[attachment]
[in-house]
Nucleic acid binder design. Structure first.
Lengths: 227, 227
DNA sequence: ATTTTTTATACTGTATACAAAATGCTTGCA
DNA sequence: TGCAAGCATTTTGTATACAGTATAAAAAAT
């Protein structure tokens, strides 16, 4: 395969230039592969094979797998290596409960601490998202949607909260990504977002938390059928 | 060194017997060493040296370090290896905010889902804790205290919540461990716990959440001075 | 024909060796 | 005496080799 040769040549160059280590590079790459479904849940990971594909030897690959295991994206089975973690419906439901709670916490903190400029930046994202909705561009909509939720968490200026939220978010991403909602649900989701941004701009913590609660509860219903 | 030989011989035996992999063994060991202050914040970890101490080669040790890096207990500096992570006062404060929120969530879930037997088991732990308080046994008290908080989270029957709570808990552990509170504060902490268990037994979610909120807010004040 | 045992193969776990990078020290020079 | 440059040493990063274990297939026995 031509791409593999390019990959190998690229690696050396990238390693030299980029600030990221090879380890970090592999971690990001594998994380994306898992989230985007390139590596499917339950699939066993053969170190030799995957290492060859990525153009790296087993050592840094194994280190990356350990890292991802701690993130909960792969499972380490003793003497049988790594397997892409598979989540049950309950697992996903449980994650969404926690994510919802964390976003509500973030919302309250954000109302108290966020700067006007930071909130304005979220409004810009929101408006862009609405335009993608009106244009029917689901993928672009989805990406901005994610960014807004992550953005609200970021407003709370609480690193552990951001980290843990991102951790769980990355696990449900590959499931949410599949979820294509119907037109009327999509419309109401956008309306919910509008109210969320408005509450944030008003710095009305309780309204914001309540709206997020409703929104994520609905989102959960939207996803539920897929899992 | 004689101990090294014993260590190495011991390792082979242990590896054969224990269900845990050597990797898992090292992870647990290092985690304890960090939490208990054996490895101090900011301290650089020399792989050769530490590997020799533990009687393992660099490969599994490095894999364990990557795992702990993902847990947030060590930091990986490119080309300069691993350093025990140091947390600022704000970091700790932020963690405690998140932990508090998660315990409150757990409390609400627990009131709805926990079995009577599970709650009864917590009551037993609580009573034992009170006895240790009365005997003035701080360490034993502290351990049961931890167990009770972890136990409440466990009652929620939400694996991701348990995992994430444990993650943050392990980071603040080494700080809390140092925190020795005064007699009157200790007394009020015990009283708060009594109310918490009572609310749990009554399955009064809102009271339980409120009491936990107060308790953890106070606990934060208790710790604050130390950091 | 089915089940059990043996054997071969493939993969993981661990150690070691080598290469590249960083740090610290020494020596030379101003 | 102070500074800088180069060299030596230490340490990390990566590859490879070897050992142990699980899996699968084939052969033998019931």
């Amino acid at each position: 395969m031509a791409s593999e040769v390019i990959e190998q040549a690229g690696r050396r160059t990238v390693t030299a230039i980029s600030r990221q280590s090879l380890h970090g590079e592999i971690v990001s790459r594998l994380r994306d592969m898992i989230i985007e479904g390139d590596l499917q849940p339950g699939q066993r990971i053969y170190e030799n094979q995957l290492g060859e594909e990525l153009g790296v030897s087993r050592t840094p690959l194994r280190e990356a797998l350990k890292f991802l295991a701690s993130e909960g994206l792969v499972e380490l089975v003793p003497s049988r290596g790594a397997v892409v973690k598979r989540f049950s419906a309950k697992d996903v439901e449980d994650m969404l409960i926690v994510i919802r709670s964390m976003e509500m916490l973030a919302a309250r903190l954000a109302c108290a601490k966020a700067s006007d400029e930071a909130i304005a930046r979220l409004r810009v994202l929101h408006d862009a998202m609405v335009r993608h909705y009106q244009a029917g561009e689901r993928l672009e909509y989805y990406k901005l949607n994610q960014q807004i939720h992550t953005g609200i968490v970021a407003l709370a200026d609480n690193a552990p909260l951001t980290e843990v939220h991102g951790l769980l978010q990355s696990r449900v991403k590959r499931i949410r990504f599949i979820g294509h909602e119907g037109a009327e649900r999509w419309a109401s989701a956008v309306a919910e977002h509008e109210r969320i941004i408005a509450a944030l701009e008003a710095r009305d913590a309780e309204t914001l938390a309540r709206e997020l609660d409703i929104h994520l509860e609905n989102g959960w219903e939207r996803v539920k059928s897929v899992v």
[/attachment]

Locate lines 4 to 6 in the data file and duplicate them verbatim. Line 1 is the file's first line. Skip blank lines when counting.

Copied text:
DNA sequence: ATTTTTTATACTGTATACAAAATGCTTGCA
DNA sequence: TGCAAGCATTTTGTATACAGTATAAAAAAT
């Protein structure tokens, strides 16, 4: 395969230039592969094979797998290596409960601490998202949607909260990504977002938390059928 | 060194017997060493040296370090290896905010889902804790205290919540461990716990959440001075 | 024909060796 | 005496080799 040769040549160059280590590079790459479904849940990971594909030897690959295991994206089975973690419906439901709670916490903190400029930046994202909705561009909509939720968490200026939220978010991403909602649900989701941004701009913590609660509860219903 | 030989011989035996992999063994060991202050914040970890101490080669040790890096207990500096992570006062404060929120969530879930037997088991732990308080046994008290908080989270029957709570808990552990509170504060902490268990037994979610909120807010004040 | 045992193969776990990078020290020079 | 440059040493990063274990297939026995 031509791409593999390019990959190998690229690696050396990238390693030299980029600030990221090879380890970090592999971690990001594998994380994306898992989230985007390139590596499917339950699939066993053969170190030799995957290492060859990525153009790296087993050592840094194994280190990356350990890292991802701690993130909960792969499972380490003793003497049988790594397997892409598979989540049950309950697992996903449980994650969404926690994510919802964390976003509500973030919302309250954000109302108290966020700067006007930071909130304005979220409004810009929101408006862009609405335009993608009106244009029917689901993928672009989805990406901005994610960014807004992550953005609200970021407003709370609480690193552990951001980290843990991102951790769980990355696990449900590959499931949410599949979820294509119907037109009327999509419309109401956008309306919910509008109210969320408005509450944030008003710095009305309780309204914001309540709206997020409703929104994520609905989102959960939207996803539920897929899992 | 004689101990090294014993260590190495011991390792082979242990590896054969224990269900845990050597990797898992090292992870647990290092985690304890960090939490208990054996490895101090900011301290650089020399792989050769530490590997020799533990009687393992660099490969599994490095894999364990990557795992702990993902847990947030060590930091990986490119080309300069691993350093025990140091947390600022704000970091700790932020963690405690998140932990508090998660315990409150757990409390609400627990009131709805926990079995009577599970709650009864917590009551037993609580009573034992009170006895240790009365005997003035701080360490034993502290351990049961931890167990009770972890136990409440466990009652929620939400694996991701348990995992994430444990993650943050392990980071603040080494700080809390140092925190020795005064007699009157200790007394009020015990009283708060009594109310918490009572609310749990009554399955009064809102009271339980409120009491936990107060308790953890106070606990934060208790710790604050130390950091 | 089915089940059990043996054997071969493939993969993981661990150690070691080598290469590249960083740090610290020494020596030379101003 | 102070500074800088180069060299030596230490340490990390990566590859490879070897050992142990699980899996699968084939052969033998019931």